World number one Ko will not be staying at Olympic Village
By Tony Jimenez
WOBURN, England (Reuters) - Lydia Ko says she is "super excited" at the prospect of competing in her first Olympics next month although the women's world number one has decided against living at the Games village in Rio de Janeiro.
Golf is returning to the Games for the first time since 1904 but the 19-year-old South Korean-born New Zealander wants to keep things as normal as possible for the 72-hole strokeplay competition in Brazil.
"I've been excited about the Olympics since they announced it," Ko told Reuters in an interview after a rousing three-under-par 69 sent her sprinting through the field in the third round of the Ricoh Women's British Open on Saturday.
"Now that it's around the corner in a couple of weeks my heart is pounding.
"I was always going to stay outside of the village. I'd love to stay in the village and get to meet other New Zealand athletes but, no, I've decided to stay out so I can keep similar routines to when I play these kind of events (at Woburn)."
Double major winner Ko will be living at a hotel with her family, coach and New Zealand golf officials.
The teenager loves home cooking and staying outside the Olympic Village will help her to maintain the same sort of lifestyle she has during regular tour events.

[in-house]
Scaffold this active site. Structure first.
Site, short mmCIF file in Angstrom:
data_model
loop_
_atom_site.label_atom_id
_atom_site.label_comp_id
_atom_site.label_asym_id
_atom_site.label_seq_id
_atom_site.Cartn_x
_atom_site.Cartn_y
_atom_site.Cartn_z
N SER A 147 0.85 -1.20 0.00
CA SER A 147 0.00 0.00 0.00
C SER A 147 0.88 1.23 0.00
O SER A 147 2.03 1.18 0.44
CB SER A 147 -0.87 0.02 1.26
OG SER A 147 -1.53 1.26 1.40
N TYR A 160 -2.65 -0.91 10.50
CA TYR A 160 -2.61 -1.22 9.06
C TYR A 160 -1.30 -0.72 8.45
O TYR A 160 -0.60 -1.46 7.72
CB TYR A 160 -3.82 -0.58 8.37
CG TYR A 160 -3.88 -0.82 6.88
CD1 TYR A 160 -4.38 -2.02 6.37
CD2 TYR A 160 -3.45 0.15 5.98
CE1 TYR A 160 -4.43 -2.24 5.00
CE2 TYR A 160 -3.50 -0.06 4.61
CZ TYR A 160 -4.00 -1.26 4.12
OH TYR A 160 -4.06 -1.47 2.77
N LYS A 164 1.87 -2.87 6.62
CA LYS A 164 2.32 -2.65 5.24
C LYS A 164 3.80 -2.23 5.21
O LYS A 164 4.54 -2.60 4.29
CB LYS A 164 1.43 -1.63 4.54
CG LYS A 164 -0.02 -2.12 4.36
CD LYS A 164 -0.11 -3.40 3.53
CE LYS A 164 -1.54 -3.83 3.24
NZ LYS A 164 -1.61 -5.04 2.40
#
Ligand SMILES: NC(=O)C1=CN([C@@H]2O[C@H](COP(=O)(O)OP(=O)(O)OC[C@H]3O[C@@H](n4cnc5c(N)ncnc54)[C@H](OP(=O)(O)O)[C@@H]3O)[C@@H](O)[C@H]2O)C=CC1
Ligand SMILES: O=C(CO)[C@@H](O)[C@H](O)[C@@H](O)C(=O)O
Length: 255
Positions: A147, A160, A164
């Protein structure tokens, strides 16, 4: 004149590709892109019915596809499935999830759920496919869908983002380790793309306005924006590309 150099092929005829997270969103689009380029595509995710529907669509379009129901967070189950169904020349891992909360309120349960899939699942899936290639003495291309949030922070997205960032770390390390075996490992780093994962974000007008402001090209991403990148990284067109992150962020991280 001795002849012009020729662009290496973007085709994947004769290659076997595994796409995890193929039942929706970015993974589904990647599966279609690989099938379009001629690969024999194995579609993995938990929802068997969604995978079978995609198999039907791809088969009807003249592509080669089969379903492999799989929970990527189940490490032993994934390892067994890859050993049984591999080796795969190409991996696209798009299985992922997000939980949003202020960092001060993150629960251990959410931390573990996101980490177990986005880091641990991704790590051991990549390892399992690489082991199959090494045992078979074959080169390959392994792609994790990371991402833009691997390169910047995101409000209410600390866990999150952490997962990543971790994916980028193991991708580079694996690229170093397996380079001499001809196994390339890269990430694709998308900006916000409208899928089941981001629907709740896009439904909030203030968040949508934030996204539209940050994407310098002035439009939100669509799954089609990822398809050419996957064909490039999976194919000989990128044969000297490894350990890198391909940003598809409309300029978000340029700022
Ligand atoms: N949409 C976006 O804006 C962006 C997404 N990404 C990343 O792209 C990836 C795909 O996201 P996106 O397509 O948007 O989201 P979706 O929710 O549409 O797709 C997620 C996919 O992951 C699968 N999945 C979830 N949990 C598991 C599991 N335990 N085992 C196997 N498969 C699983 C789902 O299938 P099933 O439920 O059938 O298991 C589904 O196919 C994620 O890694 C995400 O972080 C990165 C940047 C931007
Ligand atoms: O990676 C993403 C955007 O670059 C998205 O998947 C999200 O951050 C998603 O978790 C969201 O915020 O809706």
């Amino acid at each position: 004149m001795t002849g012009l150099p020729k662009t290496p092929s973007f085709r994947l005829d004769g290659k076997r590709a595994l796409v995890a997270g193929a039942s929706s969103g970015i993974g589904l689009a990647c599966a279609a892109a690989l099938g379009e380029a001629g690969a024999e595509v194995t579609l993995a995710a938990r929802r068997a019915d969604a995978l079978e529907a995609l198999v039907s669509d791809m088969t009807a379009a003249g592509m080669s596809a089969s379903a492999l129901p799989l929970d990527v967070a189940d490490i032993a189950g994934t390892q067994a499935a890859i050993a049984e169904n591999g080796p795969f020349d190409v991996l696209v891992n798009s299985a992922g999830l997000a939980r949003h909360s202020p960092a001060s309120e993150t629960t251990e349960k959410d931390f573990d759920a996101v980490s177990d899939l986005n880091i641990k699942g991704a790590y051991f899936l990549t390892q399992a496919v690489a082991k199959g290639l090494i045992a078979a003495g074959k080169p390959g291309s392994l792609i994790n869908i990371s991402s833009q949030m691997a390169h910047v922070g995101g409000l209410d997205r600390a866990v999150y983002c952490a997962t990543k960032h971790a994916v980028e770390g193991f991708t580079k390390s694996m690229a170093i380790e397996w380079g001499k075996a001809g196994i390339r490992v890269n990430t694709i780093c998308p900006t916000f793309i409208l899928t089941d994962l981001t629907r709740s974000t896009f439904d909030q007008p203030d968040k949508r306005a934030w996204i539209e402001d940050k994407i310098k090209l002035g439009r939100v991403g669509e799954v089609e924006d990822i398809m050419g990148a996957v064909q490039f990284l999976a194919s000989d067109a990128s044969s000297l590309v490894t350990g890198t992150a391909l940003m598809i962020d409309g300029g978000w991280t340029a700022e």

"I feel like I should try and not change my routines that much," said Ko. "I'm staying with my sisters so I should be in a similar atmosphere off the course -- I feel that would be a good way to go.
"I don't want to change my routines that much even though it's the Olympics."
Ko's agent Michael Yim told Reuters: "She always travels with her family and if she stays in the village she has to stay alone.
"Staying at a hotel she has a little more flexibility to go out if she wants to go out. Not that you can't in the village but it's kind of like constrained.
"I think she just wanted a bit more comfort. That was always the decision from the get-go ... she'll have support for anything she needs," added Yim.
Ko believes the Rio Games will boost knowledge and awareness of women's golf and provide the sport with a huge lift.
"Golf is quite an individual game," she said. "Obviously we need a team around us but at the Olympics you are not just representing yourself and your team but your country as well.
"I think this could make a big difference in the game of golf especially women's golf."
There was certainly a big difference in Ko's game on Saturday compared to the opening two rounds at the fourth and penultimate women's major of the season.
The teenager went on an inspired run, firing six birdies in nine holes to the 16th.
A lot of Ko's work was undone, though, when she lost her ball off the tee at the 18th and slipped to a closing double-bogey six.
"It's tough to finish on that but it's the best score I've had during this tournament," she said after finishing with a three-under total of 213.
"The best cure for a double-bogey is a toffee, or sugar, any type of sugar; I love my chocolate," laughed Ko.
(Editing by Clare Fallon)